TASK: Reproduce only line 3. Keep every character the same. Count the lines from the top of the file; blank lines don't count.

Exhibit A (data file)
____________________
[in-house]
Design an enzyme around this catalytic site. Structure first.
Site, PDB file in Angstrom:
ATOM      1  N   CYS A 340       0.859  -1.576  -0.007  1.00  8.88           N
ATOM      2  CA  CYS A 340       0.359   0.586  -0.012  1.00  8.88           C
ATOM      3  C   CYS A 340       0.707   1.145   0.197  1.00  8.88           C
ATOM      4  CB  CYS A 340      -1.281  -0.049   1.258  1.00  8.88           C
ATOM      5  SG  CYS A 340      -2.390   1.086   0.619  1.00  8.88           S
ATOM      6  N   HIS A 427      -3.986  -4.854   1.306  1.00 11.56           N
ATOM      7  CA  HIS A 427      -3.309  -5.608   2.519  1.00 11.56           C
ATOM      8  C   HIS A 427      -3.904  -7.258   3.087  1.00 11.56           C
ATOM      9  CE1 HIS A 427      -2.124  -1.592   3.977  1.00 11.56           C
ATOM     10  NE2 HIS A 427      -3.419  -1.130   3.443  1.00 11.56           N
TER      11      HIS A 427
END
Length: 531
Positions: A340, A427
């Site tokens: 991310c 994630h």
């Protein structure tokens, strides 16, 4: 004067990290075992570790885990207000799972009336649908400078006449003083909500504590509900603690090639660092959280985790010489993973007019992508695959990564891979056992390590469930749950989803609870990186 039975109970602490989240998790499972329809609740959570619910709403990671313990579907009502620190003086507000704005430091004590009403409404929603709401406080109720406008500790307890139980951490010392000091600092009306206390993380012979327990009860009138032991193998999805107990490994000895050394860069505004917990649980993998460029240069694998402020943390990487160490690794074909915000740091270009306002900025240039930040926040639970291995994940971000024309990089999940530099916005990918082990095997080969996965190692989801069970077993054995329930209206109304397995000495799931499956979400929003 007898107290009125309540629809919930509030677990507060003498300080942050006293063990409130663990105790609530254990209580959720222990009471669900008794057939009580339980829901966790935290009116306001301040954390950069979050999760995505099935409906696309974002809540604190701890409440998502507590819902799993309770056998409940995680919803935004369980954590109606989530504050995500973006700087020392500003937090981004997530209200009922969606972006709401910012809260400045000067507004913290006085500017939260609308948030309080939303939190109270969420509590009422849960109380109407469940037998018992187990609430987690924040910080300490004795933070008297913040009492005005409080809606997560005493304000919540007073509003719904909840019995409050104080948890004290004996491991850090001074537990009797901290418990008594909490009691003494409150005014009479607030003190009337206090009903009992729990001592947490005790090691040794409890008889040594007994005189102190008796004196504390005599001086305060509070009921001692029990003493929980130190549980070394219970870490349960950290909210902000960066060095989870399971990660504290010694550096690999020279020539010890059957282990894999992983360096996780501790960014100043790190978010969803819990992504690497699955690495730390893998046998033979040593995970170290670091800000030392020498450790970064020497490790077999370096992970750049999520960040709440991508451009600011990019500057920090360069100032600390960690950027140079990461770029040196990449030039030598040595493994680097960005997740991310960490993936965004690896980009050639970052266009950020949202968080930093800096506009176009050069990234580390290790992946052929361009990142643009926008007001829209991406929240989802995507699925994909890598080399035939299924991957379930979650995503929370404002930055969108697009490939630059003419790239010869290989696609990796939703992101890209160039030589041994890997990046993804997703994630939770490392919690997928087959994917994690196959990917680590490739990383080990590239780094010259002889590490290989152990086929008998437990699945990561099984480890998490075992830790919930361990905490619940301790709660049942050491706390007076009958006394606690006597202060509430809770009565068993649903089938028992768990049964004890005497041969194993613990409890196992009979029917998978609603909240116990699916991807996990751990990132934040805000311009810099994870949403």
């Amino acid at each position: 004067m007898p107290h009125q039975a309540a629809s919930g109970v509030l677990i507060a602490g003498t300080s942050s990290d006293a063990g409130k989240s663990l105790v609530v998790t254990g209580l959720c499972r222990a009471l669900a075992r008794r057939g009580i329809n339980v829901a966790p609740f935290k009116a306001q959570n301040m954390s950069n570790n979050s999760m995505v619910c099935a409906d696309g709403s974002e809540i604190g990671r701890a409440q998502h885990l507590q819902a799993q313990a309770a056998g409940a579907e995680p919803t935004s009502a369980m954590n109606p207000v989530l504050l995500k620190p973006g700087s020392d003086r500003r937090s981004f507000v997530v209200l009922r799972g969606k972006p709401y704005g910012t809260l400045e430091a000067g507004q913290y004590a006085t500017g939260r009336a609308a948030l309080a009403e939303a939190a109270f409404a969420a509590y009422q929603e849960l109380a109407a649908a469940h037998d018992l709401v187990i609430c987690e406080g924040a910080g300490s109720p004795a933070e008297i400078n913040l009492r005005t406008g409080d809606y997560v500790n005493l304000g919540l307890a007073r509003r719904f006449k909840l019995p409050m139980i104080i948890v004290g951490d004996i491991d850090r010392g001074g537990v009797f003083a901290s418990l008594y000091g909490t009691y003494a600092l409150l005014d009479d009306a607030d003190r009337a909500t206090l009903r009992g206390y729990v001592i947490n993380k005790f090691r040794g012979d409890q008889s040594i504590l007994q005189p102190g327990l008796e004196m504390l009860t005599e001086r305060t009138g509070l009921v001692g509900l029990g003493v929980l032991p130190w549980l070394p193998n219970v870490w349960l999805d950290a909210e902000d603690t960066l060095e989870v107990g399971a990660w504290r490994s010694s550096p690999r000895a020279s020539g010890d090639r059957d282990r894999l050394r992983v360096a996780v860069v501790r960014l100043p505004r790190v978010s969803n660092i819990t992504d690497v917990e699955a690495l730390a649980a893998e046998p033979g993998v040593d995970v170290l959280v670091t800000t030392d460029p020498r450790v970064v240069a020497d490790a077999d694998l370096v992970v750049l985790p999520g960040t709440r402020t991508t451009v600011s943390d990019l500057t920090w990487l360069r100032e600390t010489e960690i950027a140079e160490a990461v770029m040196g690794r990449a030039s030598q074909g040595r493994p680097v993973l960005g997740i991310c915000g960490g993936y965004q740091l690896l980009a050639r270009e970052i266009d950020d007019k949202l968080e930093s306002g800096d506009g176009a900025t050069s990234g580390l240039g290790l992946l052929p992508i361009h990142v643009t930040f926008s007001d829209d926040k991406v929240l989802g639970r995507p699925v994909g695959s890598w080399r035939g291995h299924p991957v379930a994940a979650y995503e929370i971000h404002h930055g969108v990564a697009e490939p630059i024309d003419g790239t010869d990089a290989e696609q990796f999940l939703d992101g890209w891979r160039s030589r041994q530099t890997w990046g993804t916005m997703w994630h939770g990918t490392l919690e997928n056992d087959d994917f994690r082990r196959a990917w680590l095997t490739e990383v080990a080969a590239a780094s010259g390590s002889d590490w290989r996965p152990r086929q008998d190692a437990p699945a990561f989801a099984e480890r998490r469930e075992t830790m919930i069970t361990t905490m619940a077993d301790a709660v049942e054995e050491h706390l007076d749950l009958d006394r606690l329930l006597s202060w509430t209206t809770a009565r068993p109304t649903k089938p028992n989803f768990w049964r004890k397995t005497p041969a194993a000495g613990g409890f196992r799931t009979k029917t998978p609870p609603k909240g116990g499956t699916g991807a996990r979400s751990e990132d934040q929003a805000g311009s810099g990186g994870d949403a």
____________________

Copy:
Site, PDB file in Angstrom: